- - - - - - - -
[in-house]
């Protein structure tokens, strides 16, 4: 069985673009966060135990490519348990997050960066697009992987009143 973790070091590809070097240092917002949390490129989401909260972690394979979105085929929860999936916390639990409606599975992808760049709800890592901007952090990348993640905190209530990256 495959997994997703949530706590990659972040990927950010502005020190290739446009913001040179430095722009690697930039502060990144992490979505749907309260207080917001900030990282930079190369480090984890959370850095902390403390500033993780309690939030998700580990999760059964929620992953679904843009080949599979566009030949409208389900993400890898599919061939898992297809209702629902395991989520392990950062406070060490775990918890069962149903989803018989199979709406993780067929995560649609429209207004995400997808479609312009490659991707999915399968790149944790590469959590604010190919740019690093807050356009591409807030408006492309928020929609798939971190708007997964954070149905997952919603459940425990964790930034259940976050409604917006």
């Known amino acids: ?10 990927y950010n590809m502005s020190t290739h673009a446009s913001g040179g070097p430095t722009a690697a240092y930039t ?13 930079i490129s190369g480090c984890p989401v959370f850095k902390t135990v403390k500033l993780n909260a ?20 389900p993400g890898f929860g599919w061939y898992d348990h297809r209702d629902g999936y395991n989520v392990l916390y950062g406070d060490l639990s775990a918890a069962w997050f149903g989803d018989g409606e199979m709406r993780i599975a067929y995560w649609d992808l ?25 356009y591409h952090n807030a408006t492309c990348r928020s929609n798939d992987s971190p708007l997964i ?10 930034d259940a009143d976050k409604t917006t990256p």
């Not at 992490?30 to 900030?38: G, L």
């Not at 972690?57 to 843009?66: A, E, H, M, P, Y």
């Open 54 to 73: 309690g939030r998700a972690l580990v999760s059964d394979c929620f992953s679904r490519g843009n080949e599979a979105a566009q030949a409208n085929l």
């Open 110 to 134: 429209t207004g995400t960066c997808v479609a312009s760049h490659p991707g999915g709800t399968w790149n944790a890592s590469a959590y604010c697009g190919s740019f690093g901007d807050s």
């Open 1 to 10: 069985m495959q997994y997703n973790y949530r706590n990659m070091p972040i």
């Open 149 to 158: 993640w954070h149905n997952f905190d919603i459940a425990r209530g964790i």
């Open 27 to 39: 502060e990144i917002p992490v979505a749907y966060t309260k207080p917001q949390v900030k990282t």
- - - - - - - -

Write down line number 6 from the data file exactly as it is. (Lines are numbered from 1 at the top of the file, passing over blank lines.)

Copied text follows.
């Open 54 to 73: 309690g939030r998700a972690l580990v999760s059964d394979c929620f992953s679904r490519g843009n080949e599979a979105a566009q030949a409208n085929l």